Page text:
Richard of Jamestown - James Otis




Cooking a Turkey

And this is how we could roast a turkey: after drawing the entrails from the bird, we filled him full of chinquapin nuts, which grow profusely in this land, and are, perhaps, of some relation to the chestnut. An oaken stick, sufficiently long to reach from one side of the fireplace to the other, and trimmed with knives until it was no larger around than the ramrod of a matchlock, forms our spit, and this we thrust through the body of the bird from end to end. A pile of rocks on either side of the fireplace, at a proper distance from the burning wood, serves as rests for the ends of the wooden spit, and when thus placed the bird will be cooked in front of the fire, if whosoever is attending to the labor turns the carcass from time to time, so that each portion may receive an equal amount of heat.

[Illustration] from Richard of Jamestown by James Otis

I am not pretending to say that this is a skillful method of cooking; but if you had been with us in Jamestown, and were as hungry as we often were, a wild turkey filled with chinquapin nuts, and roasted in such fashion, would make a very agreeable dinner.

We were put to it for a table; but yet a sort of shelf made from a plank roughly split out of the trunk of a tree, and furnished with two legs on either end, was not as awkward as one may fancy, for we had no chairs on which to sit while eating; but squatted on the ground, and this low bench served our purpose as well as a better piece of furniture would have done.

[Illustration] from Richard of Jamestown by James Otis

When the captain was at home, he carved the bird with his hunting knife, and one such fowl would fill the largest trencher bowl we had among us.

Nor could we be overly nice while eating, and since we had no napkins on which to wipe our fingers, a plentiful supply of water was necessary to cleanse one's hands, for these wild turkeys are overly fat in the months of September and October, and he who holds as much of the cooked flesh in his hand as is needed for a hearty dinner, squeezes therefrom a considerable amount in the way of grease.

We were better off for vessels in which to put our food, than in many other respects, for we had of trencher bowls an abundance, and the London Company had outfitted us with ware of iron, or of brass, or of copper, until our poor table seemed laden with an exceeding rich store.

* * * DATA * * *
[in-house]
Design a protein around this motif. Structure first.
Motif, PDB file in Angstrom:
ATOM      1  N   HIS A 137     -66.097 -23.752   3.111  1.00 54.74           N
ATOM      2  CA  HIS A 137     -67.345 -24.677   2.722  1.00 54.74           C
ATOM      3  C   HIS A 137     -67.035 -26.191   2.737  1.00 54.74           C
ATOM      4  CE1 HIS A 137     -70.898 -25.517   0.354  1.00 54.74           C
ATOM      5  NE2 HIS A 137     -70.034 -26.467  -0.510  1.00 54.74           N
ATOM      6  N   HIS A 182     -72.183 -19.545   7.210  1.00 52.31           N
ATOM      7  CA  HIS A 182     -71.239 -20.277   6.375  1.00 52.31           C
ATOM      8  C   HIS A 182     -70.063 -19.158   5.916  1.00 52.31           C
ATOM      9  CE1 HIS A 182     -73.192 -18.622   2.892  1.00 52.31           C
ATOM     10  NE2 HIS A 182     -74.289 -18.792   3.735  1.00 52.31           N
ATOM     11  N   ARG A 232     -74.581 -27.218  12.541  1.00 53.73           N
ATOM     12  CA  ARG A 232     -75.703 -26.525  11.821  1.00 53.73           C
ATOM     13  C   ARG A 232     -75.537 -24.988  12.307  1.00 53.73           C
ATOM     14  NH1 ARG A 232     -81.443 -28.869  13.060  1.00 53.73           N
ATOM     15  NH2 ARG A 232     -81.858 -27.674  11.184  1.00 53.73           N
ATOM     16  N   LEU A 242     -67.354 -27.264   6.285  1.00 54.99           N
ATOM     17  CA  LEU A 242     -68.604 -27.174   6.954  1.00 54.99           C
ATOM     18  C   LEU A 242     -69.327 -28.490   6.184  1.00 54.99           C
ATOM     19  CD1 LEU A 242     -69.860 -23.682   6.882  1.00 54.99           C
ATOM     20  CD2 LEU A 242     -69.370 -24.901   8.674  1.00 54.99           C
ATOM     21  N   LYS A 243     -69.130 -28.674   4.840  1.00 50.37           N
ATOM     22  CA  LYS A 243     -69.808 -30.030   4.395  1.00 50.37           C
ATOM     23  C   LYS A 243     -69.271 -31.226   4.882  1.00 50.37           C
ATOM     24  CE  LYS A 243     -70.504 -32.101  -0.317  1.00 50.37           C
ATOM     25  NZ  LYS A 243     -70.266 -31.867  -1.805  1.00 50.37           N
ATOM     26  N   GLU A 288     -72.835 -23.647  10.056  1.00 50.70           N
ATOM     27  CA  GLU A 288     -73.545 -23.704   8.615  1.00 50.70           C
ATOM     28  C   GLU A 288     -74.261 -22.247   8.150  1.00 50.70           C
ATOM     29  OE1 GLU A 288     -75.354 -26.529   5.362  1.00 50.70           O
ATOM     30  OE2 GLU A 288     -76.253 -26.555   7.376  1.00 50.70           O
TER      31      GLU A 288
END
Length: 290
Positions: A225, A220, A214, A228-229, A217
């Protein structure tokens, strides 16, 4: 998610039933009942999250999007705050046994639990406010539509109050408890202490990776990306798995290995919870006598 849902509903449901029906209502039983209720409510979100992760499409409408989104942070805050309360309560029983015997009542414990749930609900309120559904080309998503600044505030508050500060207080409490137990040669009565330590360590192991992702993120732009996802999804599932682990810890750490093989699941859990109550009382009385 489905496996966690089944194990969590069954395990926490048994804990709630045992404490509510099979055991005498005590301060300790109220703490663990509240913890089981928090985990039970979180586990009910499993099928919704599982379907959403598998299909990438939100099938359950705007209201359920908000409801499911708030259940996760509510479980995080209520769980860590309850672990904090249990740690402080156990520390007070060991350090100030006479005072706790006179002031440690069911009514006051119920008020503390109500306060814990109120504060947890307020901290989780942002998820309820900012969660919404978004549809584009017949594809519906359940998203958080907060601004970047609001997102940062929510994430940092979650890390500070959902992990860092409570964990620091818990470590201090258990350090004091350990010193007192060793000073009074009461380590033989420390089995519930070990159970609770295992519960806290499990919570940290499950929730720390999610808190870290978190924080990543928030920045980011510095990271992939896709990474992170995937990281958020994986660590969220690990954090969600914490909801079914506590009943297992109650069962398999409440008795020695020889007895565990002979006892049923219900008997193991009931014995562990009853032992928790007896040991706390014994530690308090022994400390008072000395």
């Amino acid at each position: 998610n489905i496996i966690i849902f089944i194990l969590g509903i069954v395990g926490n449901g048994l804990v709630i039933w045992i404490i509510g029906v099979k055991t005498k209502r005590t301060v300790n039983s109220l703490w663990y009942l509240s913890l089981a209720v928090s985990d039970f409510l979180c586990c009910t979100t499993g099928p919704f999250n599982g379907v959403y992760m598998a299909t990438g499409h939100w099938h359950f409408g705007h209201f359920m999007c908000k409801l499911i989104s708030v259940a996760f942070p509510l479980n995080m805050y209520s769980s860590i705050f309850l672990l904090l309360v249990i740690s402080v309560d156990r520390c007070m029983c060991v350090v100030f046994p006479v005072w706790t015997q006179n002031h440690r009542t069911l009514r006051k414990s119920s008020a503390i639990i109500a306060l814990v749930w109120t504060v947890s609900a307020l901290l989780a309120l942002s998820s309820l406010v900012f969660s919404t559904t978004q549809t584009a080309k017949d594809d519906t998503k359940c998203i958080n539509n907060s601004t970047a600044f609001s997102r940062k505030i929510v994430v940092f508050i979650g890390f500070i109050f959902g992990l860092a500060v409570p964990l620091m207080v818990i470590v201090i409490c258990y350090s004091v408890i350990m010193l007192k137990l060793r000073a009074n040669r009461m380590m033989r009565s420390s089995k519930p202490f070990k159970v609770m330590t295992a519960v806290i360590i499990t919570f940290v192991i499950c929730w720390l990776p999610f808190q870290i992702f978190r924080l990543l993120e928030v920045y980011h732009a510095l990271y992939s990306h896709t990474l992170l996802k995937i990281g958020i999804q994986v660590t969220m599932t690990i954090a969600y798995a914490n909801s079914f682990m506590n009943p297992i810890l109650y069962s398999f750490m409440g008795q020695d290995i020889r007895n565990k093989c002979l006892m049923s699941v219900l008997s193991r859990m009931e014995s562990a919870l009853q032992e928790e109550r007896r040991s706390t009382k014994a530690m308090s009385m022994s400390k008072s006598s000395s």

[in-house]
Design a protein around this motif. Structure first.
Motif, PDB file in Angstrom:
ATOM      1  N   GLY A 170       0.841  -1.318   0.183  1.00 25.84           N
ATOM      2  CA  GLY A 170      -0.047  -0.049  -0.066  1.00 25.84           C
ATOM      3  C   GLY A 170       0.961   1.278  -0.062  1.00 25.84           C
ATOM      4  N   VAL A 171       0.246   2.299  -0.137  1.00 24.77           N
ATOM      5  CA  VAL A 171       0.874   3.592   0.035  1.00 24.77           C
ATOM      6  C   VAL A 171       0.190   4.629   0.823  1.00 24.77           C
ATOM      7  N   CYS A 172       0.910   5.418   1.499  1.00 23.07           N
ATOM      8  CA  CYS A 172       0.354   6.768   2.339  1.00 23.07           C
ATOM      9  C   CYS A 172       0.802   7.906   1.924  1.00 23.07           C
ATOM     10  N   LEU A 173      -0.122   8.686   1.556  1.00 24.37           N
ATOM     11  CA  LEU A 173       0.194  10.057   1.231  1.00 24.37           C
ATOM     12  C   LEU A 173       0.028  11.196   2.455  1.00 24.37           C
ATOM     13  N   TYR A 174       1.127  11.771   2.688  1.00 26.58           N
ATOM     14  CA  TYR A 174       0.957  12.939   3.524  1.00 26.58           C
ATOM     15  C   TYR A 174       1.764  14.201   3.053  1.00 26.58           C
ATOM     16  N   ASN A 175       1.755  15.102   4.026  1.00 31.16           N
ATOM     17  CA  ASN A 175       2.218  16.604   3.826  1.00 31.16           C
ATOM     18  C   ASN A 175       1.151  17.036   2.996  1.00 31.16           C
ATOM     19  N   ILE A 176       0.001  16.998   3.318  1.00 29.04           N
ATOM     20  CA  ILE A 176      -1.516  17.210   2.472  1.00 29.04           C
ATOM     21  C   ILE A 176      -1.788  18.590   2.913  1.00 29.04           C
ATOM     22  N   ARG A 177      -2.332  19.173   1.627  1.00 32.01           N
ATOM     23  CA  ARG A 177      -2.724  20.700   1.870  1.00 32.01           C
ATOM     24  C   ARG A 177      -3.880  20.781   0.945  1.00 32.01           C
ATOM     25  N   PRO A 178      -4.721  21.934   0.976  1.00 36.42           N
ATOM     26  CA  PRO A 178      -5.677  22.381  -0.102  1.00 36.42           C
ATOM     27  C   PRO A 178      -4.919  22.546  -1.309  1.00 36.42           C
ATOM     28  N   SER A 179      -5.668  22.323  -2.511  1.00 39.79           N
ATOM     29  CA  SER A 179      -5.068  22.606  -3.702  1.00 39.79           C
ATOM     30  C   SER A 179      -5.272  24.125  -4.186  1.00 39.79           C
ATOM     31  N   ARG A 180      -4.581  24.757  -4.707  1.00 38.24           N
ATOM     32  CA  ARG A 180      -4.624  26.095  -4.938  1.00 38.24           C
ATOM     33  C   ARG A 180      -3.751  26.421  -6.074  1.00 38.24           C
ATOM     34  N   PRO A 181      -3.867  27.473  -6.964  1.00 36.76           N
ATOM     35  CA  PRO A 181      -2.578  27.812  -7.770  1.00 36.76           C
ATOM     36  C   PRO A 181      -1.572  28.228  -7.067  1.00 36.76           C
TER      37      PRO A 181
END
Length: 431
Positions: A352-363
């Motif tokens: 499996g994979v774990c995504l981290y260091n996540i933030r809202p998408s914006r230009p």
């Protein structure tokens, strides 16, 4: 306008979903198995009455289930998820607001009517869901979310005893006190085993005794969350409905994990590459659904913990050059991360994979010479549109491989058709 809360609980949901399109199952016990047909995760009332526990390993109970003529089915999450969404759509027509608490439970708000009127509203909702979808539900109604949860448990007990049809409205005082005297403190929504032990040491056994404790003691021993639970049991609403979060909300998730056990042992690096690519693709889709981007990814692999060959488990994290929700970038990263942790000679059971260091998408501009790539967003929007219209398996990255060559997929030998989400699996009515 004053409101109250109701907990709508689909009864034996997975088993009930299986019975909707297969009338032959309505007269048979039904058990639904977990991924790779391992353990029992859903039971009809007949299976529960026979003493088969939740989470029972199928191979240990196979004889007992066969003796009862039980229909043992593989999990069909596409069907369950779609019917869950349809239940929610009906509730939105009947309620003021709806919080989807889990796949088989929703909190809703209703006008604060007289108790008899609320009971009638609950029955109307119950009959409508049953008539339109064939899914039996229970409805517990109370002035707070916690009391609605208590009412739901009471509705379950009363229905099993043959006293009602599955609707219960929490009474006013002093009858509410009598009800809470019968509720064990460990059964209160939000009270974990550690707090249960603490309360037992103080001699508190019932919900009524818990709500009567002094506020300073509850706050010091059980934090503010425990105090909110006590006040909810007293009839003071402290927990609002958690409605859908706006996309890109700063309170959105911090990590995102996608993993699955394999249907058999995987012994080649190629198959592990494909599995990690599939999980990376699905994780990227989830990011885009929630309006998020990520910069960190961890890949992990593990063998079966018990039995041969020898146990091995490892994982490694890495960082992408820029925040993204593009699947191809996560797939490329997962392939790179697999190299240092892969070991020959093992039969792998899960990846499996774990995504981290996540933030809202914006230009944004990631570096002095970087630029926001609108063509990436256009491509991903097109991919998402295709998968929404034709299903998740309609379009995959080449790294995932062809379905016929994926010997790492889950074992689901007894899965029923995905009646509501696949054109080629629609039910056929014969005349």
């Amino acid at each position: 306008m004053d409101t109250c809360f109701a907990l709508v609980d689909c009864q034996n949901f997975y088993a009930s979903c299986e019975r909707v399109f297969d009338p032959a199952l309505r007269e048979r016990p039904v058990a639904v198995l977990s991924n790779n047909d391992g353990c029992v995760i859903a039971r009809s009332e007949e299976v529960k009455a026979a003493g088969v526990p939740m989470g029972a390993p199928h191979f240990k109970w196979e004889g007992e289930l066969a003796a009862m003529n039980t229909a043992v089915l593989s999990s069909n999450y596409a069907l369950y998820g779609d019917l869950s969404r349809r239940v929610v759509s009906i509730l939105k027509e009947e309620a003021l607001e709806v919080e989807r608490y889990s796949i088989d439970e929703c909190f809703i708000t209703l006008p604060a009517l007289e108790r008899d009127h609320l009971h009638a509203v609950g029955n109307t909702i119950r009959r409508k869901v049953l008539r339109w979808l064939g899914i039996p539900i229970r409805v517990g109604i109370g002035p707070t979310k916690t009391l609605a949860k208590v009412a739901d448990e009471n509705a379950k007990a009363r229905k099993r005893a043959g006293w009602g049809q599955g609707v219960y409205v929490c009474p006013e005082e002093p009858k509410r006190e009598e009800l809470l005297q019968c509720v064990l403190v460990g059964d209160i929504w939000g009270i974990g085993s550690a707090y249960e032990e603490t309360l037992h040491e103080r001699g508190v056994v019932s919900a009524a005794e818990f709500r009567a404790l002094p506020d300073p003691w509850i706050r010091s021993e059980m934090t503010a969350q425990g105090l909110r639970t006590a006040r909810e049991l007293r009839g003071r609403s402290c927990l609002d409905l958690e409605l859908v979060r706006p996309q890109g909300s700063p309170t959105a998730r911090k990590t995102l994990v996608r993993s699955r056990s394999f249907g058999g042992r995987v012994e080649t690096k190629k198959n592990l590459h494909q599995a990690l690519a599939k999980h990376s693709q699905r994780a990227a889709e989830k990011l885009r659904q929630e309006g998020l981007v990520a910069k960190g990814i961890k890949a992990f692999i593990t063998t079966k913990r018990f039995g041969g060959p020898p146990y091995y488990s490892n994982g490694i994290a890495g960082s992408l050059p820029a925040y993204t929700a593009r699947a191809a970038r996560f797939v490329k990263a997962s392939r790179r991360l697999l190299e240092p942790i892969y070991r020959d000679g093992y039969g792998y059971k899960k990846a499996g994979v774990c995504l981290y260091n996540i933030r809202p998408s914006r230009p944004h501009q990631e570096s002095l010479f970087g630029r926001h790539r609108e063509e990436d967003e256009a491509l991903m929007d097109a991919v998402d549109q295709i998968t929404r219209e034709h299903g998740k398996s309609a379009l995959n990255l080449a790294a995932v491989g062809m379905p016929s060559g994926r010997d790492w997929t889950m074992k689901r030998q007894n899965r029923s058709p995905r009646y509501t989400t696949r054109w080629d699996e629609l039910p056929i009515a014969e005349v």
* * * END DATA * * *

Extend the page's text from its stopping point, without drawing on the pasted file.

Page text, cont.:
Contents

Front Matter
Review

Who I am
Left Alone in the World
An Idle Boy
Captain Smith Comes to London
Meeting Captain Smith
Captain Smith Speaks to Me
Plans of the London Company
The Vessels of the Fleet
How I Earned my Passage
When the Fleet Set Sail
The Voyage Delayed
Nathaniel's Story
We Make Sail Again
The First Island
Captain Smith Accused
Captain Smith a Prisoner
I Attend My Master
Several Islands Visited
A Variety of Wild Game
The Tempest
The New Country Sighted
The Leader Not Known
Arrival at Chesapeake Bay
An Attack by the Savages
Reading the Company's Orders
Captain Smith on the Council
Smith Remains Aboard
Exploring the Country
People Land from the Ships
Captain Smith Proven Innocent
We Who were Left Behind
Baking Bread without Ovens
Unequal Division of Labor
Building a Home of Logs
Keeping House
Lack of Cleanliness
Cave Homes
The Golden Fever
Ducks and Oysters
Roasting Oysters
Leaning to Cook
The Sweet Potato Root
A Touch of Homesickness
Master Hunt's Preaching
Neglecting the Future
Surprised by Savages
Strengthening the Fort
Sickness and Death
Smith Gains Authority
Disagreeable Discipline
Signs of Rebellion
Second Proclamation
Building a Fortified Village
Trapping Turkeys
A Crude Kind of Chimney
Cooking a Turkey
Candles or Rushlights
The Visit of Pocahontas
Captain Kendall's Plot
Death of Captain Kendall
Captain Smith's Expedition
An Exciting Adventure
Taken Before Powhatan
Pocahontas Begs for Smith
Captain Smith's Return
A New Church
Captain Newport's Return
Gold-Seekers
A Worthless Cargo
Condition of the Colony
Tobacco
Captain Newport's Return
Gazing at the Women
Hunt Brings Great News
Captain Newport's Instructions
The Story of Roanoke
The Crowning of Powhatan
Preparing for the Future
Stealing Company Goods
What the Thieving Led To
Fear of Famine
The Unhealthful Location
Gathering Oysters
Sturgeon for Food
Turpentine and Tar
Making Clapboards
Providing for Children
Dreams of the Future
A Plague of Rats
Treachery During Smith's Absence
Captain Smith's Speech
The New Laws
The Accident
Captain Smith's Departure
The "Starving Time"
Our Courage Gives Out
Abandoning Jamestown
Lord De la Warr's Arrival
The Young Planters